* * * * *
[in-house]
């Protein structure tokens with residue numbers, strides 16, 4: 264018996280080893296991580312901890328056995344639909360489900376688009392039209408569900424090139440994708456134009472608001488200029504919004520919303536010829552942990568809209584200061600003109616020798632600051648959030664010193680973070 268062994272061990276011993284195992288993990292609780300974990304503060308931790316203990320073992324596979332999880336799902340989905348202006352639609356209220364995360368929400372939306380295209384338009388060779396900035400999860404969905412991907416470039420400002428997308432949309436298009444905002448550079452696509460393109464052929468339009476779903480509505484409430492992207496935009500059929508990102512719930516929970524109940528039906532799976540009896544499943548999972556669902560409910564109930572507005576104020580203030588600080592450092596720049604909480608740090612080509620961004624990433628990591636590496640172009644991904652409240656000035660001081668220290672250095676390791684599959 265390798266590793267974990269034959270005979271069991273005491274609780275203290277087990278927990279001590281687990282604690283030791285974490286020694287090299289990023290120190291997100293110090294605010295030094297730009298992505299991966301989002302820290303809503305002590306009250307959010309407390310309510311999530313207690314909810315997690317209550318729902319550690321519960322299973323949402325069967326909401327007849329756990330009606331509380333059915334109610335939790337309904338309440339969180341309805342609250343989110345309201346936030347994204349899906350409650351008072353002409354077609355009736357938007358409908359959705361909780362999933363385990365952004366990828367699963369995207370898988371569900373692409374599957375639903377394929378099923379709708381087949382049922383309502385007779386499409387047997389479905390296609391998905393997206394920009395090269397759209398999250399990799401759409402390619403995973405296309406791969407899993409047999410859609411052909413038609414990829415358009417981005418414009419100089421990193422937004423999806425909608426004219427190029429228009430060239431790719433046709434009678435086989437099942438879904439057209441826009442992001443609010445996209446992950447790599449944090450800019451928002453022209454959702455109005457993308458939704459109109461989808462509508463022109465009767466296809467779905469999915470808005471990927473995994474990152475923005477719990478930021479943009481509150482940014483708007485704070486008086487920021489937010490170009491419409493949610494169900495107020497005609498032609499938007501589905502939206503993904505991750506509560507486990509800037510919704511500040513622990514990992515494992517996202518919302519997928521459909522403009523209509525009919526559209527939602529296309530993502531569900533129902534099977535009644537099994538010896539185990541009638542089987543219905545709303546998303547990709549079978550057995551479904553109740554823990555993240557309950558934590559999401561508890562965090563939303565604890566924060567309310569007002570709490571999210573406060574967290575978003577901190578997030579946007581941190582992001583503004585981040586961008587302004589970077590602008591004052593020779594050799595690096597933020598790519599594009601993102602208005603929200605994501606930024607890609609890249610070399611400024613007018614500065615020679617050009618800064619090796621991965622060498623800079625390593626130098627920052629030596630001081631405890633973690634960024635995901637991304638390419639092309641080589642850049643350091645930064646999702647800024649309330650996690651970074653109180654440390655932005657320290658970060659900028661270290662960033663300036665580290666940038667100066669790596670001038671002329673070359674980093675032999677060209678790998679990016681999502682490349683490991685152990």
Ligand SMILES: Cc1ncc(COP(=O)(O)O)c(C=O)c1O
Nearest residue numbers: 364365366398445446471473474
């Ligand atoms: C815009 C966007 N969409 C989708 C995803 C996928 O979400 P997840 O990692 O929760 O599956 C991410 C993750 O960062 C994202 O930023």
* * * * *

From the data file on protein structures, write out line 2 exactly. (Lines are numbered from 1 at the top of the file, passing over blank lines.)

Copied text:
């Protein structure tokens with residue numbers, strides 16, 4: 264018996280080893296991580312901890328056995344639909360489900376688009392039209408569900424090139440994708456134009472608001488200029504919004520919303536010829552942990568809209584200061600003109616020798632600051648959030664010193680973070 268062994272061990276011993284195992288993990292609780300974990304503060308931790316203990320073992324596979332999880336799902340989905348202006352639609356209220364995360368929400372939306380295209384338009388060779396900035400999860404969905412991907416470039420400002428997308432949309436298009444905002448550079452696509460393109464052929468339009476779903480509505484409430492992207496935009500059929508990102512719930516929970524109940528039906532799976540009896544499943548999972556669902560409910564109930572507005576104020580203030588600080592450092596720049604909480608740090612080509620961004624990433628990591636590496640172009644991904652409240656000035660001081668220290672250095676390791684599959 265390798266590793267974990269034959270005979271069991273005491274609780275203290277087990278927990279001590281687990282604690283030791285974490286020694287090299289990023290120190291997100293110090294605010295030094297730009298992505299991966301989002302820290303809503305002590306009250307959010309407390310309510311999530313207690314909810315997690317209550318729902319550690321519960322299973323949402325069967326909401327007849329756990330009606331509380333059915334109610335939790337309904338309440339969180341309805342609250343989110345309201346936030347994204349899906350409650351008072353002409354077609355009736357938007358409908359959705361909780362999933363385990365952004366990828367699963369995207370898988371569900373692409374599957375639903377394929378099923379709708381087949382049922383309502385007779386499409387047997389479905390296609391998905393997206394920009395090269397759209398999250399990799401759409402390619403995973405296309406791969407899993409047999410859609411052909413038609414990829415358009417981005418414009419100089421990193422937004423999806425909608426004219427190029429228009430060239431790719433046709434009678435086989437099942438879904439057209441826009442992001443609010445996209446992950447790599449944090450800019451928002453022209454959702455109005457993308458939704459109109461989808462509508463022109465009767466296809467779905469999915470808005471990927473995994474990152475923005477719990478930021479943009481509150482940014483708007485704070486008086487920021489937010490170009491419409493949610494169900495107020497005609498032609499938007501589905502939206503993904505991750506509560507486990509800037510919704511500040513622990514990992515494992517996202518919302519997928521459909522403009523209509525009919526559209527939602529296309530993502531569900533129902534099977535009644537099994538010896539185990541009638542089987543219905545709303546998303547990709549079978550057995551479904553109740554823990555993240557309950558934590559999401561508890562965090563939303565604890566924060567309310569007002570709490571999210573406060574967290575978003577901190578997030579946007581941190582992001583503004585981040586961008587302004589970077590602008591004052593020779594050799595690096597933020598790519599594009601993102602208005603929200605994501606930024607890609609890249610070399611400024613007018614500065615020679617050009618800064619090796621991965622060498623800079625390593626130098627920052629030596630001081631405890633973690634960024635995901637991304638390419639092309641080589642850049643350091645930064646999702647800024649309330650996690651970074653109180654440390655932005657320290658970060659900028661270290662960033663300036665580290666940038667100066669790596670001038671002329673070359674980093675032999677060209678790998679990016681999502682490349683490991685152990």